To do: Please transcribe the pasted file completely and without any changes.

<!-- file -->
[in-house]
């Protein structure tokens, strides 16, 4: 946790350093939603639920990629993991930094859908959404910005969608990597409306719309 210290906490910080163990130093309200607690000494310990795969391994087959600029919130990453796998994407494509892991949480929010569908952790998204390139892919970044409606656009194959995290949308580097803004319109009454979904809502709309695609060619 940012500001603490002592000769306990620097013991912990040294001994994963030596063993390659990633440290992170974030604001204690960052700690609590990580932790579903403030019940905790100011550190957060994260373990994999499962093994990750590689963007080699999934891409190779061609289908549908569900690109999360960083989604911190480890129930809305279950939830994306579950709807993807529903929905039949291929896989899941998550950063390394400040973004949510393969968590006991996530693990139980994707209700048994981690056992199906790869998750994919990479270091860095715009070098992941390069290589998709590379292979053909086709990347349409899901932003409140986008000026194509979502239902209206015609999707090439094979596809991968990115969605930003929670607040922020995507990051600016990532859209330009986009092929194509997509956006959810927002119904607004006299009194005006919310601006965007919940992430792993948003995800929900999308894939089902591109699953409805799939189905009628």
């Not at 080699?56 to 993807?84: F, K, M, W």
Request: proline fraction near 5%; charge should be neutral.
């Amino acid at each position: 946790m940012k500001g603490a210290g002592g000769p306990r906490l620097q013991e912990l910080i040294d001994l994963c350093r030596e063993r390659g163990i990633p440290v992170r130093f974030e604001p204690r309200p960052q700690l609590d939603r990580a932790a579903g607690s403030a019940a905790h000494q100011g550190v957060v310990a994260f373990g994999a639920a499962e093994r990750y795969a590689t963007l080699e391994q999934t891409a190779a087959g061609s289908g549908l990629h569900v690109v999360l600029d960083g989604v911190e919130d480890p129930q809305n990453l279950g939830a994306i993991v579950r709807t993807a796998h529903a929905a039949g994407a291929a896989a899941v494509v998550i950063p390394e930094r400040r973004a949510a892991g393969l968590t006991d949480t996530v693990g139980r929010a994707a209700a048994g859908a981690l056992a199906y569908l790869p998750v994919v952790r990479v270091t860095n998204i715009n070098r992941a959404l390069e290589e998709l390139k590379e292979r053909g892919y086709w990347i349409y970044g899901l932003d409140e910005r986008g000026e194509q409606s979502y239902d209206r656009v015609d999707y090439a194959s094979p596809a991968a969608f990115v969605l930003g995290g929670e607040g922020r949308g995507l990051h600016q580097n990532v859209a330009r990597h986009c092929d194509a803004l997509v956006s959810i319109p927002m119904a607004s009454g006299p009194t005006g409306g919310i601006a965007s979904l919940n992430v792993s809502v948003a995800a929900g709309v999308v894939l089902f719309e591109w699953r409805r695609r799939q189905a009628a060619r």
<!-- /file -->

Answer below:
[in-house]
């Protein structure tokens, strides 16, 4: 946790350093939603639920990629993991930094859908959404910005969608990597409306719309 210290906490910080163990130093309200607690000494310990795969391994087959600029919130990453796998994407494509892991949480929010569908952790998204390139892919970044409606656009194959995290949308580097803004319109009454979904809502709309695609060619 940012500001603490002592000769306990620097013991912990040294001994994963030596063993390659990633440290992170974030604001204690960052700690609590990580932790579903403030019940905790100011550190957060994260373990994999499962093994990750590689963007080699999934891409190779061609289908549908569900690109999360960083989604911190480890129930809305279950939830994306579950709807993807529903929905039949291929896989899941998550950063390394400040973004949510393969968590006991996530693990139980994707209700048994981690056992199906790869998750994919990479270091860095715009070098992941390069290589998709590379292979053909086709990347349409899901932003409140986008000026194509979502239902209206015609999707090439094979596809991968990115969605930003929670607040922020995507990051600016990532859209330009986009092929194509997509956006959810927002119904607004006299009194005006919310601006965007919940992430792993948003995800929900999308894939089902591109699953409805799939189905009628």
């Not at 080699?56 to 993807?84: F, K, M, W």
Request: proline fraction near 5%; charge should be neutral.
């Amino acid at each position: 946790m940012k500001g603490a210290g002592g000769p306990r906490l620097q013991e912990l910080i040294d001994l994963c350093r030596e063993r390659g163990i990633p440290v992170r130093f974030e604001p204690r309200p960052q700690l609590d939603r990580a932790a579903g607690s403030a019940a905790h000494q100011g550190v957060v310990a994260f373990g994999a639920a499962e093994r990750y795969a590689t963007l080699e391994q999934t891409a190779a087959g061609s289908g549908l990629h569900v690109v999360l600029d960083g989604v911190e919130d480890p129930q809305n990453l279950g939830a994306i993991v579950r709807t993807a796998h529903a929905a039949g994407a291929a896989a899941v494509v998550i950063p390394e930094r400040r973004a949510a892991g393969l968590t006991d949480t996530v693990g139980r929010a994707a209700a048994g859908a981690l056992a199906y569908l790869p998750v994919v952790r990479v270091t860095n998204i715009n070098r992941a959404l390069e290589e998709l390139k590379e292979r053909g892919y086709w990347i349409y970044g899901l932003d409140e910005r986008g000026e194509q409606s979502y239902d209206r656009v015609d999707y090439a194959s094979p596809a991968a969608f990115v969605l930003g995290g929670e607040g922020r949308g995507l990051h600016q580097n990532v859209a330009r990597h986009c092929d194509a803004l997509v956006s959810i319109p927002m119904a607004s009454g006299p009194t005006g409306g919310i601006a965007s979904l919940n992430v792993s809502v948003a995800a929900g709309v999308v894939l089902f719309e591109w699953r409805r695609r799939q189905a009628a060619r």